aul Stephany, a fund manager formerly with Newton, was fined £32,000 last week by the Financial Conduct Authority for misconduct and kicked out of the asset management group for doing what most people would have thought was part of his job.
Before then he had been a good performer, was highly regarded and was running four funds worth almost £2 billion. His case related to the London float of holidays firm On the Beach, on which Numis Securities was the bookrunner. This was in 2015. It has taken most of this time for the FCA to assemble its case.
Being a bookrunner is a marketing process in which Numis discusses the appetite for the chosen share, in this case OTB, and its potential valuation with the market. Then it agrees on a price range, say 120p to 150p, and tries to find buyers near the top of the range, though usually supply and demand will be at a lower price. The shares are then struck at the highest price which more than covers the issue and a few days later they become listed.
Stephany was one of those who was approached by Numis to discuss and then to buy the shares. He decided the issue was overpriced. He sent an email to 14 other fund managers to see what their reaction was. He thought the share price should be at the low end of the range and he wondered whether those contacted might feel the same.
I thought this was what fund managers do. Brokers try to sell them shares at a high price and fund managers push back, hoping to get them lower. It does not always work but it is part and parcel of the ritual and it helps the fund if it works because the clients who are in the fund get the shares that much cheaper. The individual fund manager does not benefit, just his fund.
That is certainly how the market used to work. Now, however, it is different. Now investors are not allowed to discuss new issues, or IPOs, with competitors, because to do so, apparently, could lead to the perception of collusion. Instead fund managers have to keep their own counsel and decide only for themselves what price they offer. Otherwise they might all decide to lowball a bid and the bookrunner would be very put out.
Deciding on the merits of a share issue is not to my mind collusion, where there is a formal intent for several parties to set a price. Collusion is also difficult to prove. But not for the authorities. To them, Stephany was bang to rights.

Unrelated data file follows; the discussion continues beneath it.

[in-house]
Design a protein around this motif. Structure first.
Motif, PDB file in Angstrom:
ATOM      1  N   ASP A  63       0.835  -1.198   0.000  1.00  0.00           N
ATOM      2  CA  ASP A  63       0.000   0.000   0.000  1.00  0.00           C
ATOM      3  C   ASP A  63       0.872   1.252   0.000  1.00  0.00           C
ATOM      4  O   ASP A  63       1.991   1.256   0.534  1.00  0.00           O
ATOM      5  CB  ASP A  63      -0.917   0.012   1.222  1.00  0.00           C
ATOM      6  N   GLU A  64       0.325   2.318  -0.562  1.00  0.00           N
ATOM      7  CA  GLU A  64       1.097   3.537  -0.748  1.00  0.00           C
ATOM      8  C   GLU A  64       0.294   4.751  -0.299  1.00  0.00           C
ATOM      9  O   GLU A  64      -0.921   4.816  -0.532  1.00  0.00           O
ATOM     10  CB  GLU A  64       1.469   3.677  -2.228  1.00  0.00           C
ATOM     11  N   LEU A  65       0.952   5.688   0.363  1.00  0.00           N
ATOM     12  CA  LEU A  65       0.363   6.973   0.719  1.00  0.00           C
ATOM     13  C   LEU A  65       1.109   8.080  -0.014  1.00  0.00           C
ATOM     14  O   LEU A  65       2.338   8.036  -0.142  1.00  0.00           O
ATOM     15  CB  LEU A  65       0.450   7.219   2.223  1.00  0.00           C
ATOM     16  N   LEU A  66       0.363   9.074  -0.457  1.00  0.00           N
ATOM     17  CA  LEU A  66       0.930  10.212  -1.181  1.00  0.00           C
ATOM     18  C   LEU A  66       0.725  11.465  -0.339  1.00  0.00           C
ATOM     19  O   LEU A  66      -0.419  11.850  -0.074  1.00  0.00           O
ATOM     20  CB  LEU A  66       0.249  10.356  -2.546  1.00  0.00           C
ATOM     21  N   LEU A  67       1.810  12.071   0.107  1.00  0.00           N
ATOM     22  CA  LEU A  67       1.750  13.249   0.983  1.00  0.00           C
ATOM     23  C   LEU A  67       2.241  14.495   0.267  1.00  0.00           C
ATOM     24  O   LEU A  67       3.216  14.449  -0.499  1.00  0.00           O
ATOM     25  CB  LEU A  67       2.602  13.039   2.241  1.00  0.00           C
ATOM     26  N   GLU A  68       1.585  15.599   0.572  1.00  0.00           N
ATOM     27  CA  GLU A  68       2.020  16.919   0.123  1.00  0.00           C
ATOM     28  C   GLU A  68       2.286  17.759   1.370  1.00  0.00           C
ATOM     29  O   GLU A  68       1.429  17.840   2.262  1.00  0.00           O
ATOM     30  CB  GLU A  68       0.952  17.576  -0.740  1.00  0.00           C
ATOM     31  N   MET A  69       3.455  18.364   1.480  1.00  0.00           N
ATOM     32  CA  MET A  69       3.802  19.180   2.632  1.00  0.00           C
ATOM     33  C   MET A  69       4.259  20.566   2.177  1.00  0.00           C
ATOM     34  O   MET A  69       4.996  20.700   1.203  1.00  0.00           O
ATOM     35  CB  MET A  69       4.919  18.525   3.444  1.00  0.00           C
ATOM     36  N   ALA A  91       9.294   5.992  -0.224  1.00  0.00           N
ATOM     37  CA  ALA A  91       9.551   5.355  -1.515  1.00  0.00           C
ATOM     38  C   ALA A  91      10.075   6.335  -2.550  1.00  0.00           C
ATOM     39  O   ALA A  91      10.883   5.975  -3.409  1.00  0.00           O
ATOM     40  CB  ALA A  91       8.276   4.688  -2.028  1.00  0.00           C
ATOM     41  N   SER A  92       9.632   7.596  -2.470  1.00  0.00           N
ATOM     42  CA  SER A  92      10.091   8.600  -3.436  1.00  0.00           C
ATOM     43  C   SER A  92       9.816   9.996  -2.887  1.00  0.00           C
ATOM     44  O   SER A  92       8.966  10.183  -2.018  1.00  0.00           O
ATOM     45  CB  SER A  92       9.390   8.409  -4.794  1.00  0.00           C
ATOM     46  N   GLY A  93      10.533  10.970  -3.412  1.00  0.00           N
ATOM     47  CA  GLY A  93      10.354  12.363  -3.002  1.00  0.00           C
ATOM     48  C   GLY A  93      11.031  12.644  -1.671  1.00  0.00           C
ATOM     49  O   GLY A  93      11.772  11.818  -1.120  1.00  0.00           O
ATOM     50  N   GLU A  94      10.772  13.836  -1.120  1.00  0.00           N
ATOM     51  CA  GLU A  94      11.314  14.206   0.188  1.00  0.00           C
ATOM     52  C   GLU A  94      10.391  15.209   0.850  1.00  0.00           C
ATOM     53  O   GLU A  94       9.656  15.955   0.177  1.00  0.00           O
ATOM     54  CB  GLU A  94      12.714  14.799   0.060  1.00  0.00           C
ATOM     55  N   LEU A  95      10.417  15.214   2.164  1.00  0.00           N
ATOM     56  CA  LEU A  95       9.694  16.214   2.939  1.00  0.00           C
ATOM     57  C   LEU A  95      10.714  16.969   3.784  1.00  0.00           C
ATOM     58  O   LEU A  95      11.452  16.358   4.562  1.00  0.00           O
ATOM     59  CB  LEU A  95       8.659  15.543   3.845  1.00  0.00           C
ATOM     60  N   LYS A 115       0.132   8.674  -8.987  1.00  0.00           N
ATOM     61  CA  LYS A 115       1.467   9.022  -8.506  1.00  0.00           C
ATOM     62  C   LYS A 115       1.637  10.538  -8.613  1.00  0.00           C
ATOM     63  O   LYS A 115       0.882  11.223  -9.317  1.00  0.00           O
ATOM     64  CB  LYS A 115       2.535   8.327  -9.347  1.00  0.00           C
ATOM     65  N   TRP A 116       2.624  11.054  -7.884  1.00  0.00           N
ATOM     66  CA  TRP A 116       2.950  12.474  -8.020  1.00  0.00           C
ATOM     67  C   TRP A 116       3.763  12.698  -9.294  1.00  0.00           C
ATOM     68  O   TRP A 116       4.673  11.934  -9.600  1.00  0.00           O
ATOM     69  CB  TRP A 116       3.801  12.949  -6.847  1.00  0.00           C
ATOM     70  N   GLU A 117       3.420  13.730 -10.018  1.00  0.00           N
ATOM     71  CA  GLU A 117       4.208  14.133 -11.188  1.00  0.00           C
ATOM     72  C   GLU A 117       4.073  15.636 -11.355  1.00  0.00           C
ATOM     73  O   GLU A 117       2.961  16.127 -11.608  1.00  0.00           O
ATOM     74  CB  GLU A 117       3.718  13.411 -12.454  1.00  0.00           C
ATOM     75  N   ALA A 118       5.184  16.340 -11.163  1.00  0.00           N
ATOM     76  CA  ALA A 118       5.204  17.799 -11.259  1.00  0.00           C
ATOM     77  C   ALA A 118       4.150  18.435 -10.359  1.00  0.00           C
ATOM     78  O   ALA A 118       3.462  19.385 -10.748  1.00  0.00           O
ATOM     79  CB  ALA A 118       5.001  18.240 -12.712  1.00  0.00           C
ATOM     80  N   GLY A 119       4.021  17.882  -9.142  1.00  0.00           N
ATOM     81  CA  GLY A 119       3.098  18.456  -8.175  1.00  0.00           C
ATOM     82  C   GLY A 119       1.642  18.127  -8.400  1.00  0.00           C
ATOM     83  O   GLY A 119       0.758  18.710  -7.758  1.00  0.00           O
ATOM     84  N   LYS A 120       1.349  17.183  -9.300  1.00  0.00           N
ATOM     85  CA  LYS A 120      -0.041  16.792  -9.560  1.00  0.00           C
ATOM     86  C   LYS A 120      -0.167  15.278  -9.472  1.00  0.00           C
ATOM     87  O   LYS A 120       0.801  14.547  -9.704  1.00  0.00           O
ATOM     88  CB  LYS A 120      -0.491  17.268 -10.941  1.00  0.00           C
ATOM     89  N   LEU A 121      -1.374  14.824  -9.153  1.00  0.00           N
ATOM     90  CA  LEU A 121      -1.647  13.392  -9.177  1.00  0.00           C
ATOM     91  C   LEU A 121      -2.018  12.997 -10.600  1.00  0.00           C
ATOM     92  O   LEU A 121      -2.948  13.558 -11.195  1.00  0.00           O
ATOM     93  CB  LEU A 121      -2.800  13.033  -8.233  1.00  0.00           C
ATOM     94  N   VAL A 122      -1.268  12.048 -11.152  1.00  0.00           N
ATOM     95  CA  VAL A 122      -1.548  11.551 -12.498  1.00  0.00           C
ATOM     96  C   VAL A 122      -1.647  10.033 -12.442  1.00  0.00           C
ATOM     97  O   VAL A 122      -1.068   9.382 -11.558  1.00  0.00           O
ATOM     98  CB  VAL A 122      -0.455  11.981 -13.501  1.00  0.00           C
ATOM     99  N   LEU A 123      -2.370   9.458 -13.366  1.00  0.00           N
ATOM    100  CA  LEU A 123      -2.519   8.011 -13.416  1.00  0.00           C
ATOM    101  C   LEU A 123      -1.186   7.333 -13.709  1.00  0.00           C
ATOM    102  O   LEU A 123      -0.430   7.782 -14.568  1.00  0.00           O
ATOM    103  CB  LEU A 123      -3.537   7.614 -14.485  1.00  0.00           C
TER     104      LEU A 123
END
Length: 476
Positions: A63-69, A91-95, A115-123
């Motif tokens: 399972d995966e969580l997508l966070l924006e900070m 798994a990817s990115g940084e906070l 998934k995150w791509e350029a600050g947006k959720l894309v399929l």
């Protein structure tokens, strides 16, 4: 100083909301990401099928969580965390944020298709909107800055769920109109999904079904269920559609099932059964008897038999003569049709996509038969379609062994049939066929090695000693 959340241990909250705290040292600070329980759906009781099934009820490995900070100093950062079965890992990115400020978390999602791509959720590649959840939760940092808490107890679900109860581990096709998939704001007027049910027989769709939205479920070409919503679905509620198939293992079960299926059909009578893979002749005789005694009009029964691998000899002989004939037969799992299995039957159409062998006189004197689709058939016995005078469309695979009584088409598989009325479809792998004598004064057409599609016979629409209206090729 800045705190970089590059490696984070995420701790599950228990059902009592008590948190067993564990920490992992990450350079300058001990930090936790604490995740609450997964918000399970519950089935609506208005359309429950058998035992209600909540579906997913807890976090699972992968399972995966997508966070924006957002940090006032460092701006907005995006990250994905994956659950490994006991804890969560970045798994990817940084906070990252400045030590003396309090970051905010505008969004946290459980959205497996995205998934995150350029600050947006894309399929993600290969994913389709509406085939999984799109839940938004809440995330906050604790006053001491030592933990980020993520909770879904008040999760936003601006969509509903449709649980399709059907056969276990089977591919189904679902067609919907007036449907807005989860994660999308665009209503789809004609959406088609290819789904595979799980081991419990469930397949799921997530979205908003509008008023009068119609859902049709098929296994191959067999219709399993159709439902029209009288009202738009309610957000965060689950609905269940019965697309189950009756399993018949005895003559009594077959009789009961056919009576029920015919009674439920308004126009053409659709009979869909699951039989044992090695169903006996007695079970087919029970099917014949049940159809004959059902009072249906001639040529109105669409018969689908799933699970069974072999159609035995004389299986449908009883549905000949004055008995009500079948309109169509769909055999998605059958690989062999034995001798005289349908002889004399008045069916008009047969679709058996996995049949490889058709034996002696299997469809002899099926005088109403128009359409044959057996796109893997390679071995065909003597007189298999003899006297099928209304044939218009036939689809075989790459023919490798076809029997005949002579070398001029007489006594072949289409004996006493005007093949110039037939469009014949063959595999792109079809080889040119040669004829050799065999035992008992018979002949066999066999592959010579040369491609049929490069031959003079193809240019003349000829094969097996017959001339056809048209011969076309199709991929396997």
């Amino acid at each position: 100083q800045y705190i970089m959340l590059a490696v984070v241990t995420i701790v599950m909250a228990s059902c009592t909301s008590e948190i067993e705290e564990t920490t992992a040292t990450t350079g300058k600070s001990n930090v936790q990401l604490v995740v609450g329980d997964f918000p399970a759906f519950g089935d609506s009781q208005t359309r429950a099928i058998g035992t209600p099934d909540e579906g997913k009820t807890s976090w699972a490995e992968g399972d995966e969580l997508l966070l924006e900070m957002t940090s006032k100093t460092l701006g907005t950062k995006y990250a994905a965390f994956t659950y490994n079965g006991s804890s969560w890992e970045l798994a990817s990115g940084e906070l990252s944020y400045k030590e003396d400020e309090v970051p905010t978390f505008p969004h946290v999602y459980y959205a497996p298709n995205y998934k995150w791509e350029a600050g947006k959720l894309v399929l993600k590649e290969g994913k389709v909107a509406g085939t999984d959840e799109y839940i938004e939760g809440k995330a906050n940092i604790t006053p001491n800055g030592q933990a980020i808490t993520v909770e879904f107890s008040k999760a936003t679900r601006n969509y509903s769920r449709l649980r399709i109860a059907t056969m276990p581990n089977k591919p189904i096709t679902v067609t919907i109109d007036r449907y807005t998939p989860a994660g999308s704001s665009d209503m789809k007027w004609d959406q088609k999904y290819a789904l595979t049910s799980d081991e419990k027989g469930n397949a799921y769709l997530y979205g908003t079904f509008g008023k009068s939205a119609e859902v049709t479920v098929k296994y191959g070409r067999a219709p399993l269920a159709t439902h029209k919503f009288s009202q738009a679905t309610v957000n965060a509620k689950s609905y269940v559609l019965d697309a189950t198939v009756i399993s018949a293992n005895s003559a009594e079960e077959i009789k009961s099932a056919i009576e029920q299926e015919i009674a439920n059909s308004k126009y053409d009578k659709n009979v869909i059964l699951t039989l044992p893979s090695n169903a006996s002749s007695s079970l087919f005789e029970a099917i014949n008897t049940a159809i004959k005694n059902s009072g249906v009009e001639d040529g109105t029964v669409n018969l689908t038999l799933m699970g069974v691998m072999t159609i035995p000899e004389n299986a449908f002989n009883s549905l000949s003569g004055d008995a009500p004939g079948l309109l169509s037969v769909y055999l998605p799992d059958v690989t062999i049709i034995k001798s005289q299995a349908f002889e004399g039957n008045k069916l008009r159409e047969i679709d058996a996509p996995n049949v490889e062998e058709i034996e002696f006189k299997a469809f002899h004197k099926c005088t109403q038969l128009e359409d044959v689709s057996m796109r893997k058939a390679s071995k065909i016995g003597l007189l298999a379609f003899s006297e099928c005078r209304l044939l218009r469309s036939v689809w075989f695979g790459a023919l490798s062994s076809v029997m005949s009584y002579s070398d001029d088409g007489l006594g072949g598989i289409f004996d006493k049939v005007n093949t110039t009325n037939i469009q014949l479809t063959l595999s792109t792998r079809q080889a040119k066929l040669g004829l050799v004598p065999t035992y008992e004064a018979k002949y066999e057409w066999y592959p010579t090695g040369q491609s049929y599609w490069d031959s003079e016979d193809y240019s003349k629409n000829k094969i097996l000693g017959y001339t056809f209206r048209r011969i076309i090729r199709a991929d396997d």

But it still does not make sense in the wider context. IPOs have had a chequered history in recent times. With bookrunners like Goldman Sachs, shares were allocated to hedge funds rather than mainstream fund managers. These hedge funds simply took a turn, selling their shares within days.
Institutions, if they were gullible, bought the shares, and they tended to be gullible because they did not have other people to bounce their ideas against, but had to rely on what the bookrunner wanted them to know. Then the price would often tank, leaving the institution with heavy losses.
But this apparently is OK: the Competition and Markets Authority among others said the market was working well, which it was for the bookrunner. The result is fund managers are much more chary of IPOs, and there is a dearth of them, not because the companies are bad necessarily, but because the shares are often overpriced. Some would say this is hardly good regulation.
The other thought is the role of active fund management. It is going through a torrid time, largely because so many people are switching to tracker funds. Active funds have to differentiate themselves to stand out from the crowd, but the FCA’s rules and the compliance burden instead seem to make everyone the same, and mediocre.
There is very little the fund manager can do to differentiate by the time he or she has met the strictures on shares, the needs of the client and the burden of compliance. To take a punt is not worth it because the FCA and compliance will demand to know why the share was selected, even if it does well. Only the liquid and boring tend to meet the criteria of “acceptability”.
Stephany overegged it. He was probably a bit too arrogant. He was wrong to say what he thought Numis was up to. He was a bit boastful, and dismissive of compliance. But it is a sad day nonetheless, when he gets fired, while other fund managers carry on keeping their noses clean but losing hundreds of thousands of pounds. That is real mediocrity.